• Is there a history of trauma/injury/surgery?

  • Is there a history of intense emotional stress?

  • Is there a family history of similar issues with chronic pain?


Central pain

Central Pain

  • “Central Pain” refers to pain that, although may originate from peripheral injury or disease, becomes a CNS phenomena

  • Research indicates a hypersensitivity reaction – some type of “uptake” resulting in a malfunction of the pain system

  • Results in a “false” report of pain – there is no peripheral impetus, the CNS “creates” pain


In a nutshell

In a nutshell….

  • “the CNS can change, distort or amplify pain, increasing its degree, duration, and spatial extent in a manner that no longer directly reflects the specific qualities of peripheral noxious stimuli, but rather the particular functional circuits in the CNS”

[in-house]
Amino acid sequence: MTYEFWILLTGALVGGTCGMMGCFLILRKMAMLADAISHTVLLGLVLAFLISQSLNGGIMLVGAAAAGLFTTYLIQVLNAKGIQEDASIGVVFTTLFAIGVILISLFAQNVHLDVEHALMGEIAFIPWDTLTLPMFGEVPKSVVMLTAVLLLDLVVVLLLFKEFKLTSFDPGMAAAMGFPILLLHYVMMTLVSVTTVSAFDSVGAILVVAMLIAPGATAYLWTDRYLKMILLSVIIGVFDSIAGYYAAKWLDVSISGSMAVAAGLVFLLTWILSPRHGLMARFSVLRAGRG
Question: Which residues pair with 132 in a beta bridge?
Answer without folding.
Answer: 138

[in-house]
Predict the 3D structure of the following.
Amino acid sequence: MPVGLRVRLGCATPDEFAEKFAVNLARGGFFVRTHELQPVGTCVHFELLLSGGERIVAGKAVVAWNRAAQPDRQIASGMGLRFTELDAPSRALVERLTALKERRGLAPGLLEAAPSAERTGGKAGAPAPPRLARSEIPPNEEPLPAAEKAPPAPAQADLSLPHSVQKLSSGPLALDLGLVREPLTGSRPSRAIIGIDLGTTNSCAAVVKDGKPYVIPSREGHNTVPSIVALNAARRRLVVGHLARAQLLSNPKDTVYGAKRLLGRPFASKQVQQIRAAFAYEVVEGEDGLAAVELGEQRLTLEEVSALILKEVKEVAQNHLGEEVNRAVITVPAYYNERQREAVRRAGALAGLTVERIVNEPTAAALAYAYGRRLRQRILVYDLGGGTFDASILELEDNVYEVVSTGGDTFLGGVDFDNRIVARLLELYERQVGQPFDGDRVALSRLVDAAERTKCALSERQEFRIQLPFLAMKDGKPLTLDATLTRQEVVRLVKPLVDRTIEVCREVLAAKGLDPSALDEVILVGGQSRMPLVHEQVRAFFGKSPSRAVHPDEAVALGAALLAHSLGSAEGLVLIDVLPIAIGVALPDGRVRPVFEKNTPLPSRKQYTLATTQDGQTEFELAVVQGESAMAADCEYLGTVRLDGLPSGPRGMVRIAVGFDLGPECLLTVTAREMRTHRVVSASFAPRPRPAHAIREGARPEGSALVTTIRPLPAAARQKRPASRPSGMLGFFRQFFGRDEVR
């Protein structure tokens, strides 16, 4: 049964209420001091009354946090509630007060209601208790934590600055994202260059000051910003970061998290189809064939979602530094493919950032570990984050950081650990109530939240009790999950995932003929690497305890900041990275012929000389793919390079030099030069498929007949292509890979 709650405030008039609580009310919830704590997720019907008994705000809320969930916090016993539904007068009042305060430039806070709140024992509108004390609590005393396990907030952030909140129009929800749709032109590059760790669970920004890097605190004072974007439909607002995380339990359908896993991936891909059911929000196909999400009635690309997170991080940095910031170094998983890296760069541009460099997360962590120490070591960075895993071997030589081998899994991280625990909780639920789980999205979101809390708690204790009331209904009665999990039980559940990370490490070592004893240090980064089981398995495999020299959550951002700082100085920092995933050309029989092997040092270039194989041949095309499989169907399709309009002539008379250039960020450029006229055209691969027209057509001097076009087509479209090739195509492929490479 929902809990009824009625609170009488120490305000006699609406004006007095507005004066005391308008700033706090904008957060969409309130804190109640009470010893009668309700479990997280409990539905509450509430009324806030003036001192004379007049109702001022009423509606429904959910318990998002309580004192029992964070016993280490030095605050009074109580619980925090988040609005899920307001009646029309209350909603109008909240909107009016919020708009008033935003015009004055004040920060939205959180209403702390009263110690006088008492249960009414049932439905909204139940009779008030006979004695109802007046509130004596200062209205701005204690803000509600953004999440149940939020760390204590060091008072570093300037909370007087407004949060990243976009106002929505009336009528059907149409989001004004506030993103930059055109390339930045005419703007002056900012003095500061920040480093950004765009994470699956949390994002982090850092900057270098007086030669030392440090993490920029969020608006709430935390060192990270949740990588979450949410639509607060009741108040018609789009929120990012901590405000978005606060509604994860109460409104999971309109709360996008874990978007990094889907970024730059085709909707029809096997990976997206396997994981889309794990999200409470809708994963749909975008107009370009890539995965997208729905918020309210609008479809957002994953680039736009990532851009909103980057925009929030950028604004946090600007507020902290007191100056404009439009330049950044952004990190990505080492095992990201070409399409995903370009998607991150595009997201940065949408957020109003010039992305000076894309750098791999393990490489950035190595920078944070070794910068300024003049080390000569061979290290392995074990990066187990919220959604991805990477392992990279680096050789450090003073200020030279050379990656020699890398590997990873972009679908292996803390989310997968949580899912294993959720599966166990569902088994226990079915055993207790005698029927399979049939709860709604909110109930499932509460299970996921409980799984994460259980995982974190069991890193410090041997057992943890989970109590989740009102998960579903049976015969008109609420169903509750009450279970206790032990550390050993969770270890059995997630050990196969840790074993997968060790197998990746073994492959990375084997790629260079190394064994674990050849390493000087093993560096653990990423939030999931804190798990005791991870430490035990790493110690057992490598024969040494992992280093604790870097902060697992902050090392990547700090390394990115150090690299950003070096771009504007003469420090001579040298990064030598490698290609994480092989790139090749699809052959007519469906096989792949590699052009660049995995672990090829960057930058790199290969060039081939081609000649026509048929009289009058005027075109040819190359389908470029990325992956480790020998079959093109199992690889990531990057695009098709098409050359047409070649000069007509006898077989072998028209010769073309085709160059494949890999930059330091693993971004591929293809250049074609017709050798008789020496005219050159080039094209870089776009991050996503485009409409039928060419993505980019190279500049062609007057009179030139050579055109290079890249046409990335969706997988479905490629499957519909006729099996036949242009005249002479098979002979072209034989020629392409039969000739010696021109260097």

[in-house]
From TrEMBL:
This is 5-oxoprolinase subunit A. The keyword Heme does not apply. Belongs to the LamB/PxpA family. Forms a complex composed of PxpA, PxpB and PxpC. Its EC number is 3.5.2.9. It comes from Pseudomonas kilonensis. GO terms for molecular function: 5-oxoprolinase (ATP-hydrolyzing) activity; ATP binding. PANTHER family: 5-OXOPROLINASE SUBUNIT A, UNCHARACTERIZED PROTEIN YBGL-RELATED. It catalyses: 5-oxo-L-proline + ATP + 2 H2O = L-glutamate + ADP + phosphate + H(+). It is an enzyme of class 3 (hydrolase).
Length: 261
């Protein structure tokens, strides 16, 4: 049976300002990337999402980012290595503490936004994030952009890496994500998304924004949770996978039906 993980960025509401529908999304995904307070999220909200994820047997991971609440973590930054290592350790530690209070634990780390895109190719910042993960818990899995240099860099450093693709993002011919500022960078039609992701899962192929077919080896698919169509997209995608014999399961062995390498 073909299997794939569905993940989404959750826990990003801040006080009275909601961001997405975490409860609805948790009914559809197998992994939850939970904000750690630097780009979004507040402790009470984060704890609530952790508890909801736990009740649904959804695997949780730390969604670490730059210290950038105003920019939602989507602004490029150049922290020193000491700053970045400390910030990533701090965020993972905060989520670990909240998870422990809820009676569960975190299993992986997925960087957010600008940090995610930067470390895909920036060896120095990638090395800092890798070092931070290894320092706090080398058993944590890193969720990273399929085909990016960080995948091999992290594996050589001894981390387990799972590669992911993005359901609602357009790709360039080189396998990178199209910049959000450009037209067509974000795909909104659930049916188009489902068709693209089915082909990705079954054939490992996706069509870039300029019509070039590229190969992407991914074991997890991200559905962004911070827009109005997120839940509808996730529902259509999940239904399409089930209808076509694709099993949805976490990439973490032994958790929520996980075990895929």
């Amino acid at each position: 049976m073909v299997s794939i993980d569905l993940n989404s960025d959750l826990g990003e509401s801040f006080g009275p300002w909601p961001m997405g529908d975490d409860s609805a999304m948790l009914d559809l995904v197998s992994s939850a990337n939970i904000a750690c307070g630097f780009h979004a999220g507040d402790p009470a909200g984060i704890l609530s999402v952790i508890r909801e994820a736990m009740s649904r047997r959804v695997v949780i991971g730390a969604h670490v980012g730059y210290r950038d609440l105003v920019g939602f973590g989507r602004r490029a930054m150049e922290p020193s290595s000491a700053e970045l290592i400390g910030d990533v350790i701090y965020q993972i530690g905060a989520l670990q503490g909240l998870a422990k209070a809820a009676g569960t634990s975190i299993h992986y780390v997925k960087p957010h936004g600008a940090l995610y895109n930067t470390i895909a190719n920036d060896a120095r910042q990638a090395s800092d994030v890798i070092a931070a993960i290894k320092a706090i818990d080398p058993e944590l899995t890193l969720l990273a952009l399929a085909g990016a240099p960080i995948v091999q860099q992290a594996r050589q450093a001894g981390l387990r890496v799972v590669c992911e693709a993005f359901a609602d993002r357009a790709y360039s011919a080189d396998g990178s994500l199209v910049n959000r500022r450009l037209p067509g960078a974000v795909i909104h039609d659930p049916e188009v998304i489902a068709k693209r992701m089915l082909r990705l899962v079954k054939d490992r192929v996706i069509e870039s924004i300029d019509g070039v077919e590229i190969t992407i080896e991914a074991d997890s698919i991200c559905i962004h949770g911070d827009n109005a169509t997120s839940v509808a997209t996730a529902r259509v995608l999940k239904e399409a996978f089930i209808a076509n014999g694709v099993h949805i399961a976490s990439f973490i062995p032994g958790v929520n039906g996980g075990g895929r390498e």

Woolf, Clifford J., Pain, March 2011; 152(3 suppl)


Central sensitization

Central Sensitization

  • CNS “winds up” into a persistent state of hyperactivity

  • Becomes regulated – leading to persistent pain after injury has long healed

  • 2 Main Characteristics – Allodynia (perception of pain with simple insult) and hyperalgesia (increased pain level to an actual painful stimulus)


Other factors

Other factors…

  • Cognitive deficits – poor concentration, poor short-term memory

  • Increased levels of emotional distress, especially anxiety

  • Associated with sick role behaviors – resting and malaise and pain behaviors


Predisposing factors

Predisposing Factors

  • Sensitivity to pain – genetic predisposition

  • Stress-response – research supports relationship between stress and lowering of pain thresholds

  • Pre-existing anxiety about pain consistently relates to higher pain sensitivities

  • A prior history of anxiety, physical and psychological trauma and depression is significantly predictive of onset of chronic pain